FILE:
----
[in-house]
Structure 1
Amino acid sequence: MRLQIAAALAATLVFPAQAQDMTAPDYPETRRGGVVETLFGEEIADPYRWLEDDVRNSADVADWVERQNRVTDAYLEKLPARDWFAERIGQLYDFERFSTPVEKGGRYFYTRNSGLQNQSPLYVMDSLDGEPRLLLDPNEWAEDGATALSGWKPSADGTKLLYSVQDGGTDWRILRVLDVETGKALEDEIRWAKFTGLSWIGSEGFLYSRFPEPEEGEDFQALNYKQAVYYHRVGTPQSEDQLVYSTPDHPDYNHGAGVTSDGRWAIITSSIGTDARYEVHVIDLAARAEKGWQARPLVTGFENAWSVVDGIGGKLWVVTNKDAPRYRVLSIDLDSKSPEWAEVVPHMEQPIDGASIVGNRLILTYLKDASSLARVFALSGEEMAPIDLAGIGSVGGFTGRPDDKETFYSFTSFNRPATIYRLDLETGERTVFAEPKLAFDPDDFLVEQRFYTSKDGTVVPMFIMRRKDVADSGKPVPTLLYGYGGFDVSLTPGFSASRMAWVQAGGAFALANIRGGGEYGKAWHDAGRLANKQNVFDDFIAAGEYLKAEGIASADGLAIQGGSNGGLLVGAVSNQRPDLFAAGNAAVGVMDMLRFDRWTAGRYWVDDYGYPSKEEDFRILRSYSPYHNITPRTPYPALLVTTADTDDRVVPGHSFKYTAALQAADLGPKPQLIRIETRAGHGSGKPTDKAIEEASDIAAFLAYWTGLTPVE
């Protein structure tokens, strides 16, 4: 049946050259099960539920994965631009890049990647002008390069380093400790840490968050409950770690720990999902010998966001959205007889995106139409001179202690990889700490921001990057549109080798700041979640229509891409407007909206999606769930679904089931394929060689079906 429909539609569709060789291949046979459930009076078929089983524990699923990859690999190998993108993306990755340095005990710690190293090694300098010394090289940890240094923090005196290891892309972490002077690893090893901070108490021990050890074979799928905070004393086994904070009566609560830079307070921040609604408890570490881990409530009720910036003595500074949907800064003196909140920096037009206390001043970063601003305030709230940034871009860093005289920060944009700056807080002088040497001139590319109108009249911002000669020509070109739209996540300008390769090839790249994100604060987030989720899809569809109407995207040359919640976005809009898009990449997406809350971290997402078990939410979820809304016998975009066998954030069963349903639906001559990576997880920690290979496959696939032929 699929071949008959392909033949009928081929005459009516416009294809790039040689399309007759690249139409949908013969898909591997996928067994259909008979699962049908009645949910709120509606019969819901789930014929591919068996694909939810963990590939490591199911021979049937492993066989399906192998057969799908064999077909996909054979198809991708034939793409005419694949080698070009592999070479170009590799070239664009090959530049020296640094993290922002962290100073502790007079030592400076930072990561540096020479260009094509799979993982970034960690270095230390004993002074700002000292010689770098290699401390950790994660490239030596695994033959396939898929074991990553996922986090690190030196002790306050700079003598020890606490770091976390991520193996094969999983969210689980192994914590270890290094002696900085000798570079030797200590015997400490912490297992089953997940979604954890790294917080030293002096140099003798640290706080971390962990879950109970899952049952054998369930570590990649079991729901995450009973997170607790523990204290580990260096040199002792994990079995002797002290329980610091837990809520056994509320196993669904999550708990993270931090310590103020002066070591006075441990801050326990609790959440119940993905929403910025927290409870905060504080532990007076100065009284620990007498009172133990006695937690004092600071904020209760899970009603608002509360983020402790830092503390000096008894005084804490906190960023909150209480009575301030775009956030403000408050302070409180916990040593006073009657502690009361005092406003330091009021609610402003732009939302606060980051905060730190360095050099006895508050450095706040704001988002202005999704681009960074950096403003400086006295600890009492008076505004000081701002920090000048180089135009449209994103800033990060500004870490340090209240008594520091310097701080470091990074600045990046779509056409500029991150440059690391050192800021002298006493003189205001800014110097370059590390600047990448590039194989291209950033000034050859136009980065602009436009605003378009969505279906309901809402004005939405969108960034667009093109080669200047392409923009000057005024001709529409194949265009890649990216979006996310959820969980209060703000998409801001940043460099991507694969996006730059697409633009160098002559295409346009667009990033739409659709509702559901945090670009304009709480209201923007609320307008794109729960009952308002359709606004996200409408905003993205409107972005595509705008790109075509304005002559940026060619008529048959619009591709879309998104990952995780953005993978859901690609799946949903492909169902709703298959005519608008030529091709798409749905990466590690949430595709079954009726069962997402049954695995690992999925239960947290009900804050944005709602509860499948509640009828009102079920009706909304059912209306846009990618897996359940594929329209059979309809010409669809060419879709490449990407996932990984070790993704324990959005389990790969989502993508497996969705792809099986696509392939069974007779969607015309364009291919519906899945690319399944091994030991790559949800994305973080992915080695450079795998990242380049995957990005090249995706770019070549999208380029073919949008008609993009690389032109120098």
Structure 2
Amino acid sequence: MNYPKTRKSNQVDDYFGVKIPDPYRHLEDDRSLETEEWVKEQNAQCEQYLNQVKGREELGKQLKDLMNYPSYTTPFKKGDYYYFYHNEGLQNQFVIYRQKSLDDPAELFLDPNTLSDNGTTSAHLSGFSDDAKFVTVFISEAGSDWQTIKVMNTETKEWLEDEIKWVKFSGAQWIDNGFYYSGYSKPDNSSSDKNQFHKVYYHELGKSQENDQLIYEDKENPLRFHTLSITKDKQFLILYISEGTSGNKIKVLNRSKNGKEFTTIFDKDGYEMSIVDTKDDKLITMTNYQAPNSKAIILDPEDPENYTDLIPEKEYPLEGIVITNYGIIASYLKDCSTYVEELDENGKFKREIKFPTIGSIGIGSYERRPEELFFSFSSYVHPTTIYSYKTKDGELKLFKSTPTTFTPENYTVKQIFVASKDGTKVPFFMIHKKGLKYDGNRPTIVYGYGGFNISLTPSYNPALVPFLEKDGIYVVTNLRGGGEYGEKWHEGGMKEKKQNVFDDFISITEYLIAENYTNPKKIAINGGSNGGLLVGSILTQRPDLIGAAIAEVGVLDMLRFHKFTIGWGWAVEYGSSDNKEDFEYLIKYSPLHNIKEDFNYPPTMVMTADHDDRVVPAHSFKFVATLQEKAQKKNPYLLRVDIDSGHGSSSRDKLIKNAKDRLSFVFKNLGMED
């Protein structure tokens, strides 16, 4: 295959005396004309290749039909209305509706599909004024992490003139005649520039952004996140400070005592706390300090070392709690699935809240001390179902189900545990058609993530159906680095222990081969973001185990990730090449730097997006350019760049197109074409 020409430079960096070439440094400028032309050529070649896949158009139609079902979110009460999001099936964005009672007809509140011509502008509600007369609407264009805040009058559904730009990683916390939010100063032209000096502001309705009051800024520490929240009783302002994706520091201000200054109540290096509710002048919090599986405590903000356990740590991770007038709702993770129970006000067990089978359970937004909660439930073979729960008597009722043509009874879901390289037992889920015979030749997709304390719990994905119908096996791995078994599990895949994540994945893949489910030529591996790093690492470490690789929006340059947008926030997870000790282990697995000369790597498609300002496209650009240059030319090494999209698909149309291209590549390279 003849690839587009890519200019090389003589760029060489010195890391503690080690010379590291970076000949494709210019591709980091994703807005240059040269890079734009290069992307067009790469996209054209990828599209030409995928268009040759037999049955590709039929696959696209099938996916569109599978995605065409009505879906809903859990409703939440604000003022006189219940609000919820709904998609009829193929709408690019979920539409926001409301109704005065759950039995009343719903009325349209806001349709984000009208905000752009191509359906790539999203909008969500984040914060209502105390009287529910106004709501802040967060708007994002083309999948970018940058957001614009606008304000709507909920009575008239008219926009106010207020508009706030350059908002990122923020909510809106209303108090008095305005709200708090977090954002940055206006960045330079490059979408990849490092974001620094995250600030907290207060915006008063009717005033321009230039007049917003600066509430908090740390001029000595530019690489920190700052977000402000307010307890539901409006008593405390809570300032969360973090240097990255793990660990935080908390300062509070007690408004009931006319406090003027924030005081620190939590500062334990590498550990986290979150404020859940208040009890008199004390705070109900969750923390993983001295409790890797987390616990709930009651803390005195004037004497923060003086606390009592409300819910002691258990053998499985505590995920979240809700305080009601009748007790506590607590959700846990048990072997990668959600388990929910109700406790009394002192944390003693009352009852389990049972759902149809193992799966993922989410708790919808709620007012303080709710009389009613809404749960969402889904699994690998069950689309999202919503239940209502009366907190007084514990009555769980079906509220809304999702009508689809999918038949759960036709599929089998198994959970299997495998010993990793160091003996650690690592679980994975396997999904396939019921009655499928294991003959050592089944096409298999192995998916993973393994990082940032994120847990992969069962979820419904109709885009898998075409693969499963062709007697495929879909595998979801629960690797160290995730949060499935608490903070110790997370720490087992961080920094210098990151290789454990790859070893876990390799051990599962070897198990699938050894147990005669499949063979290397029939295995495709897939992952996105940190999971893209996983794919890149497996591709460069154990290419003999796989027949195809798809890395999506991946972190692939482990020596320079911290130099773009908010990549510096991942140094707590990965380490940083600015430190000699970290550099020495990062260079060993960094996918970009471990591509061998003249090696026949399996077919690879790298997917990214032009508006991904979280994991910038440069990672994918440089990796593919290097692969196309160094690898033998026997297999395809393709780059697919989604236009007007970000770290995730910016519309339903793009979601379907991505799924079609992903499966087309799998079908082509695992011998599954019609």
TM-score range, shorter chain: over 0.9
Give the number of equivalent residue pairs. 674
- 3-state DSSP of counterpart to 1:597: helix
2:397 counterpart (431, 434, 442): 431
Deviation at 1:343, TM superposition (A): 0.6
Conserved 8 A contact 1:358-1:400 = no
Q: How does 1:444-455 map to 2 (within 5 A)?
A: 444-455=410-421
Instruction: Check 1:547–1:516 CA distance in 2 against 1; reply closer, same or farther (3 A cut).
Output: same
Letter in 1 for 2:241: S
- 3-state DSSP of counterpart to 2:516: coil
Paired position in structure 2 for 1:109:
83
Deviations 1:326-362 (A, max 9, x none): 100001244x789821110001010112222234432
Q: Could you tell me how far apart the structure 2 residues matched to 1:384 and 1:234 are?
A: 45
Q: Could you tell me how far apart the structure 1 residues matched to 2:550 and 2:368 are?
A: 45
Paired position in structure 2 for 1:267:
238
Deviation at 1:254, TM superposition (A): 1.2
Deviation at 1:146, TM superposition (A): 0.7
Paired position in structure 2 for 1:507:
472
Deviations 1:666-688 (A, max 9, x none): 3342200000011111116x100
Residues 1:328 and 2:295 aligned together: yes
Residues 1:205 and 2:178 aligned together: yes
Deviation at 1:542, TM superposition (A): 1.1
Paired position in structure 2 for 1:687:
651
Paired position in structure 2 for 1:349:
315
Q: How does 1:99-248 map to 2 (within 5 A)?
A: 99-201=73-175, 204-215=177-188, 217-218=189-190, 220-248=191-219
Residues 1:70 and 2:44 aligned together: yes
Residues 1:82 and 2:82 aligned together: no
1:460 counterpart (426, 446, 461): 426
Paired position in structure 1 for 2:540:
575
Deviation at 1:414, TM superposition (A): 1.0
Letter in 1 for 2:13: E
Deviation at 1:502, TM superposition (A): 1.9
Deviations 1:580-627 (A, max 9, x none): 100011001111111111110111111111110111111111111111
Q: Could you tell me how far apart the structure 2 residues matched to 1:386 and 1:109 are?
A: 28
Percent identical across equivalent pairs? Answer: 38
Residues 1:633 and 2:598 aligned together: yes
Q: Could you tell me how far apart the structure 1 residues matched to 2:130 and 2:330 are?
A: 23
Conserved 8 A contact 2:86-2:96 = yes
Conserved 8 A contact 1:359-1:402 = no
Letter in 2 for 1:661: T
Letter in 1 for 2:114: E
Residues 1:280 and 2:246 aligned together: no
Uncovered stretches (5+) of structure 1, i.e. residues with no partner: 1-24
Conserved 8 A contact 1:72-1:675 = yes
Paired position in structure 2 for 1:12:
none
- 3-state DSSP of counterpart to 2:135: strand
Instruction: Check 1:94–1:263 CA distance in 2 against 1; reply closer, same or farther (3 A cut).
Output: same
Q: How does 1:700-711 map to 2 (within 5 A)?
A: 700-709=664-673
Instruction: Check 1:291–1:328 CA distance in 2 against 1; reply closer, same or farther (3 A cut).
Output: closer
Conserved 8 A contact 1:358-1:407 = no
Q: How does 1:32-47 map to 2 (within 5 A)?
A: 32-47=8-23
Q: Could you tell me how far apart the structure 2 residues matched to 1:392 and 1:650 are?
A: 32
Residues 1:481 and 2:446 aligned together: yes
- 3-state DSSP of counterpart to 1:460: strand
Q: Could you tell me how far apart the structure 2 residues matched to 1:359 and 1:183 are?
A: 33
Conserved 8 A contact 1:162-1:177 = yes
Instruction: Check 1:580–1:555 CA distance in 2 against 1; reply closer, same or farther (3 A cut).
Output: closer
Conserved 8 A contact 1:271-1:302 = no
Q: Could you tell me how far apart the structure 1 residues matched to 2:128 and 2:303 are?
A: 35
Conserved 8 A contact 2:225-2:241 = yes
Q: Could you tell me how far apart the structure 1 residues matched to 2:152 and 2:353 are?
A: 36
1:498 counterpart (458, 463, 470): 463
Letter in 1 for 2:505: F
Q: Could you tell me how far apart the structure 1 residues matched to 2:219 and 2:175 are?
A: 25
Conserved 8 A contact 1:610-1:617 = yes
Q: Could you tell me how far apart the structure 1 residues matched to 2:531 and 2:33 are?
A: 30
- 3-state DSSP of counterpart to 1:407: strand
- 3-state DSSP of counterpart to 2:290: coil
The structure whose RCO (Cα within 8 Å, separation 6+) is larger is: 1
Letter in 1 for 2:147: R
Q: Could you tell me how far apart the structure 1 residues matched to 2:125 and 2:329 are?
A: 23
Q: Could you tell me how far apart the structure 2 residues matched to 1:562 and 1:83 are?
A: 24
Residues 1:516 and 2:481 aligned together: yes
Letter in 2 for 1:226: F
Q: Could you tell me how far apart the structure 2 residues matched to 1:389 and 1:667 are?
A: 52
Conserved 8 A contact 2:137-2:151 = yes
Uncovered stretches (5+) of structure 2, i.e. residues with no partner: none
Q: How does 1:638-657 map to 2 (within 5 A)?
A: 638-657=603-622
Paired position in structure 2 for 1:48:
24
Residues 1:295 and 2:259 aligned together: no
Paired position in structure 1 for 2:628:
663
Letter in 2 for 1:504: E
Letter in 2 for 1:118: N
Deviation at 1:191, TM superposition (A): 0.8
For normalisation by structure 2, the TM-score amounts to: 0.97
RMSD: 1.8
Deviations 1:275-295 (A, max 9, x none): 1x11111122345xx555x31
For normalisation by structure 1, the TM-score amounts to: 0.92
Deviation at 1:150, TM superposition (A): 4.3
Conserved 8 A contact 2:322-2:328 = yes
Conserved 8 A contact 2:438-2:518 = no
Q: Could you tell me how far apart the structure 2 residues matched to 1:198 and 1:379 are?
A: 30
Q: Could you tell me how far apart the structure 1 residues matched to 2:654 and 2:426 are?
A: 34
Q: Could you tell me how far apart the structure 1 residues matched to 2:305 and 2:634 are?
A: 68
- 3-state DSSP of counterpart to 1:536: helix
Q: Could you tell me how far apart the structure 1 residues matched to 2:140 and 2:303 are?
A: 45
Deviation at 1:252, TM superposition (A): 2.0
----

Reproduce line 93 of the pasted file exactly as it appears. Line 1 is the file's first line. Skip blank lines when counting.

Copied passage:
Letter in 1 for 2:505: F